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The Changing Face of Family-Based U.S. Immigration Amidst the COVID-19 Pandemic

26 Jun

The global coronavirus has taken an unprecedented toll on intending immigrants navigating through the U.S. immigration system seeking to acquire lawful permanent residency through their U.S. citizen or lawful permanent resident qualifying relatives.  

For those awaiting an immigrant visa from outside the U.S., this has resulted in at least several additional months of separation from loved ones — countries apart. Those inside the United States face adjudication backlogs and potential changes to their immigration strategies as a result of the uncertainty of when they may be able to travel internationally and whether they may be allowed to return.  

Lingering Effects of Suspension of USCIS Routine In-Person Services 

On March 18, 2020, U.S. Citizenship & Immigration Services (USCIS) suspended in-person services at its Field Offices and Application Support Centers. While in-person services have resumed at some locations, USCIS is not yet back to full operation. This has resulted in the cancellation of biometric appointments and in-person interviews for Adjustment of Status and Naturalization applicants. As a result, increased delays in the adjudication of family-based benefits are expected to continue.   

Uncertainty over the timeline for border re-opening, coupled with concerns  about potential visa overstay or denial of extension of status applications has created significant anxiety. Many immediate relatives of U.S. citizens, currently visiting the United States, are deciding to file applications for Adjustment of Status. These individuals will likely experience increasingly lengthy processing times which could be as long as 41 months in some locations due to the government’s backlogs. Further, suspended biometrics appointments have delayed the issuance of the Employment Authorization Documents, which permit an individual to lawfully work while their applications to adjust status are pending.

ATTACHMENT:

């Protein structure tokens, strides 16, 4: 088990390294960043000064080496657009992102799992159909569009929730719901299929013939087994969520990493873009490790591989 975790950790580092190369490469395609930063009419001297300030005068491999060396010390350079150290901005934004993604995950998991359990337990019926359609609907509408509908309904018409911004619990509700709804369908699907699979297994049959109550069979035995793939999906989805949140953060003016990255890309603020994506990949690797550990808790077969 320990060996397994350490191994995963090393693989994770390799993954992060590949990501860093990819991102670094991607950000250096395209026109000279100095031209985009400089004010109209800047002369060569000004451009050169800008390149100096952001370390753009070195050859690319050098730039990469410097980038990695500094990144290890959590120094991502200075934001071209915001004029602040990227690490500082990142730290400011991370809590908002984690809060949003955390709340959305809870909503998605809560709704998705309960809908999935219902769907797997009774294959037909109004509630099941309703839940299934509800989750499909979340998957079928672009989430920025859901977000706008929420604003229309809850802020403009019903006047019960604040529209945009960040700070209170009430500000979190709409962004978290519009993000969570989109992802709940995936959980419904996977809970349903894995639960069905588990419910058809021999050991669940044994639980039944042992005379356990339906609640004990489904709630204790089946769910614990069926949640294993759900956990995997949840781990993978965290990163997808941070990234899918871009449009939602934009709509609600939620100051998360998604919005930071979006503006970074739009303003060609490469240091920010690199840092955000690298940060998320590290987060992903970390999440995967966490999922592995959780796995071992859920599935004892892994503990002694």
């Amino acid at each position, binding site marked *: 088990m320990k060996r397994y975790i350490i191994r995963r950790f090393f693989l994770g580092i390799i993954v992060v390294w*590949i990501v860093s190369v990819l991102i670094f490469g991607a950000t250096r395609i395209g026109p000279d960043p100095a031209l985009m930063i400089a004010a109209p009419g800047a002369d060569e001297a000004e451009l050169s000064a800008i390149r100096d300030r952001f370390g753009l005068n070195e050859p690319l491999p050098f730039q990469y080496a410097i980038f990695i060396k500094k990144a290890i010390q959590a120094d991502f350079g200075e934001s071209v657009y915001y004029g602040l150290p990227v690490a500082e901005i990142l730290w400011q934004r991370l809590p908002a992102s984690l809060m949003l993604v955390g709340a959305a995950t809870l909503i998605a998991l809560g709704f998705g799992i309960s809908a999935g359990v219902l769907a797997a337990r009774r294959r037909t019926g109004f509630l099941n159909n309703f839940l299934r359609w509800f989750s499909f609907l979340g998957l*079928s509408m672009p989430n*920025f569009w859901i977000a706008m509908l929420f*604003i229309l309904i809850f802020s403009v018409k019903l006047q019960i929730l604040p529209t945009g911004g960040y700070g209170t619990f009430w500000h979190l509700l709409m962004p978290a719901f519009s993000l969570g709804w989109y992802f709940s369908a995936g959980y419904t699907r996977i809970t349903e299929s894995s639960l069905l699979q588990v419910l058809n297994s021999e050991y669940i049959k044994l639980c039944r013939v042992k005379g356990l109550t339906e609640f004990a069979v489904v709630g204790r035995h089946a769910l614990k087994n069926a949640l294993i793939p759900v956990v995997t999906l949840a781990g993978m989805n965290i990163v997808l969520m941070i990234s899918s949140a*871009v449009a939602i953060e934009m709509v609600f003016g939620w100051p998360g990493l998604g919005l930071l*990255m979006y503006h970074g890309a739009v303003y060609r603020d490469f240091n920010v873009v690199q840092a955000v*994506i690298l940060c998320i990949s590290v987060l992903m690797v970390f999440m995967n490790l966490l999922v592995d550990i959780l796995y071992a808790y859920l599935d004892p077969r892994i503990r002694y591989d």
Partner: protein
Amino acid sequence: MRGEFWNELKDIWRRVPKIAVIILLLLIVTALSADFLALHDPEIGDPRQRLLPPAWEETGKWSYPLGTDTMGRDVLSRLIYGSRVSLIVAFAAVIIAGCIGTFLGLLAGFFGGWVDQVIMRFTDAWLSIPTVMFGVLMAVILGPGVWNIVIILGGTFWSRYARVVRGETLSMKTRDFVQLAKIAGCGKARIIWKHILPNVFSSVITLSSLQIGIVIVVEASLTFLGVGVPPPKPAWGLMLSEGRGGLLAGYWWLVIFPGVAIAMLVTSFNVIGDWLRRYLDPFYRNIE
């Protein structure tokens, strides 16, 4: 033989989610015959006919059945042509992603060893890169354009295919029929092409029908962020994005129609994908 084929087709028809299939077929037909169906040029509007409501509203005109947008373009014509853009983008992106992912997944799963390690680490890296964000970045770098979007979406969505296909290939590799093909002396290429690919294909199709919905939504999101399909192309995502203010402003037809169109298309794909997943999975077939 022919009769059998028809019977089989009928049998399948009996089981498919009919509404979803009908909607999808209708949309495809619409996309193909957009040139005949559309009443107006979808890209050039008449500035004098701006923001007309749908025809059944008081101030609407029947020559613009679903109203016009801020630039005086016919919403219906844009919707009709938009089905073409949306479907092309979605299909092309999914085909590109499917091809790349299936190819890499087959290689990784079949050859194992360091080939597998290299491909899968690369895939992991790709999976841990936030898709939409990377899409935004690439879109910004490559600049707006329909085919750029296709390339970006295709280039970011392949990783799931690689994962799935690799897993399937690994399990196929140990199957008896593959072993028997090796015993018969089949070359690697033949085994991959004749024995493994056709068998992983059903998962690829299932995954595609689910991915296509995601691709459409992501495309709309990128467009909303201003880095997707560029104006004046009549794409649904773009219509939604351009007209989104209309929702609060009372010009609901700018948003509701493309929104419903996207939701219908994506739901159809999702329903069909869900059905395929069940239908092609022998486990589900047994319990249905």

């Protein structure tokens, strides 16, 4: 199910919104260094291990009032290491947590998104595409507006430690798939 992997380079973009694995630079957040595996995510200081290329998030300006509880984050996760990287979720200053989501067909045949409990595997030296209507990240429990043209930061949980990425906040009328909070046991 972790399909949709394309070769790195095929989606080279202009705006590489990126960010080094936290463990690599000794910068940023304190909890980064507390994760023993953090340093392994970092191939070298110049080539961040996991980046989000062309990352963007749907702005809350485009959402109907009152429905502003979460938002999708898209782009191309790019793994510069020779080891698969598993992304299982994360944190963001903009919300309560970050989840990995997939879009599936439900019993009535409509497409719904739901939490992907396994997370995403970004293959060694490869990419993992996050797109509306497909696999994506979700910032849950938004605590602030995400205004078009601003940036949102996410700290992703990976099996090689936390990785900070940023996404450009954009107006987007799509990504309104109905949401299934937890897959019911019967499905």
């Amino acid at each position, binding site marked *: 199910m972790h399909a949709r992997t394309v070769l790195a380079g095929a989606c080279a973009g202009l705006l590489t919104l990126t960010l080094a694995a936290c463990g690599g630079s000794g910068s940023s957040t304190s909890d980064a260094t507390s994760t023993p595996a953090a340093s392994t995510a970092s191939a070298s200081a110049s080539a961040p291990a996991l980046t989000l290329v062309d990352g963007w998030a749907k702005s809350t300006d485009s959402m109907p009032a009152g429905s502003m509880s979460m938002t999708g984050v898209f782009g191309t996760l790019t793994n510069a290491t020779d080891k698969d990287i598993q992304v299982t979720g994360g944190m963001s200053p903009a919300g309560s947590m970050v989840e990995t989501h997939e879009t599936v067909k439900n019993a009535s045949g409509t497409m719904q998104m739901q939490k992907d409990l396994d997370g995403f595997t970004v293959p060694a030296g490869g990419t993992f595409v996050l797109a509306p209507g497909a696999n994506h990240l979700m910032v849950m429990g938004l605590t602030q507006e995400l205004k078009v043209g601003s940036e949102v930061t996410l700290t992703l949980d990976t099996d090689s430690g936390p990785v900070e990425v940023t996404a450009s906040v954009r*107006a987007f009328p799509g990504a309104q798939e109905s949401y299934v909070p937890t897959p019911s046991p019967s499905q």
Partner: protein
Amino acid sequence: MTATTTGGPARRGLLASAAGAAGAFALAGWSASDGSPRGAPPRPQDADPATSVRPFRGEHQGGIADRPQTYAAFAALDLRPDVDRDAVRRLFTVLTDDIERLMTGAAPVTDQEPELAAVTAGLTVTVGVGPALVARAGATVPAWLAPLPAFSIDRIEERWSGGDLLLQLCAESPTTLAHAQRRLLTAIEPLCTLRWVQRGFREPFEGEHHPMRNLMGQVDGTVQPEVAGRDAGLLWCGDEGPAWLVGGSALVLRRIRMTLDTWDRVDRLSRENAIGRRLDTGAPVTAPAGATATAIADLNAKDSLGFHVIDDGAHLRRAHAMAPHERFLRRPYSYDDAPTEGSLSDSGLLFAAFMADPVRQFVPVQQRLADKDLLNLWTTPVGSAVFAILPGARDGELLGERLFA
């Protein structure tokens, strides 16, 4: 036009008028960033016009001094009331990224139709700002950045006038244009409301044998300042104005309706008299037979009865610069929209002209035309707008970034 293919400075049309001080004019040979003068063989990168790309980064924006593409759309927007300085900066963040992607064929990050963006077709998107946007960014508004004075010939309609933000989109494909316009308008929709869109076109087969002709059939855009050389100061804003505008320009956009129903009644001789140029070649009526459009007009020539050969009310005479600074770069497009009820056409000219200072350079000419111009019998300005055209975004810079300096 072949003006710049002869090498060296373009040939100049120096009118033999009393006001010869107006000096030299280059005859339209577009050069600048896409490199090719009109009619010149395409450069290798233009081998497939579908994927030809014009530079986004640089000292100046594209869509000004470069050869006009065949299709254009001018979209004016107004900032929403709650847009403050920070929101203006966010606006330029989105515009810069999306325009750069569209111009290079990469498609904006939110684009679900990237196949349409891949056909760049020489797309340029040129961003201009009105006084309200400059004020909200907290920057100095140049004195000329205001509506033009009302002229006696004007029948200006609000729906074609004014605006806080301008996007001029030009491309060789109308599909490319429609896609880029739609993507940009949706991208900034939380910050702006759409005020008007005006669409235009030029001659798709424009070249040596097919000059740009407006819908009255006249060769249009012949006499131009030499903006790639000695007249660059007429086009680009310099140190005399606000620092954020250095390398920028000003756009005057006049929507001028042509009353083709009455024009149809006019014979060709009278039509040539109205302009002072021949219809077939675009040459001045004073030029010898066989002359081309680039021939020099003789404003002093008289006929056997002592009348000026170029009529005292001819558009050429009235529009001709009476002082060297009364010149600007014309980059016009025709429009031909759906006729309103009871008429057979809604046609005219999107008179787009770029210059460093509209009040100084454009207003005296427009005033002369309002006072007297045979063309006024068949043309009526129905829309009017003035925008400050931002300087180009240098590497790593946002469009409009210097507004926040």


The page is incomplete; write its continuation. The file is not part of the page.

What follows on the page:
For Lawful Permanent Residents, suspended naturalization interviews and ceremonies have left thousands just short of the finish line and could prevent many from voting in the 2020 Presidential Election. 

Effects Presidential Proclamation & U.S. Consulates/Embassies Reduced Operations 

President Trump’s April 22 proclamation suspended for 60 days the issuance of immigrant visas at U.S. Consulates/Embassies.  His new proclamation of June 22 extended the suspension through December 31, 2020. The proclamation explicitly states that, in addition to the immediate health risk, this order is justified by the need to protect American workers who have lost their jobs amid the coronavirus.  

The  suspension does not apply to the spouses or children, under 21 years old, of United States citizens or members of the United States Armed Forces, but it does apply to the following family-sponsored preference categories:

  1. Parents of United States citizens; 
  2. Unmarried sons and daughters of U.S. citizens; 
  3. Spouses and children of lawful permanent residents; 
  4. Unmarried children of lawful permanent residents; 
  5. Married sons and daughters of U.S. citizens; and 
  6. Brothers and sisters of adult U.S. citizens. 

At this time, U.S. Consulates/Embassies worldwide remain closed for visa services or continue to operate with reduced staff. Therefore, despite the presidential proclamation, currently it is not possible to apply for most immigrant visas. It remains to be seen when U.S. Consulates/Embassies will fully reopen but for now the June 22 proclamation extending the suspension of immigrant visa issuance through the end of the year further frustrates families seeking to reunite regardless of consular openings.    

As a result of the suspension of normal visa services at consular posts and the extension of the president’s proclamation, family-based immigration is slowing down.  While slowing and reducing legal immigration in such manner has been a long-acknowledged goal of the Trump Administration, it took a pandemic to supply the pretext for implementing the restrictive policies that have put that goal within reach.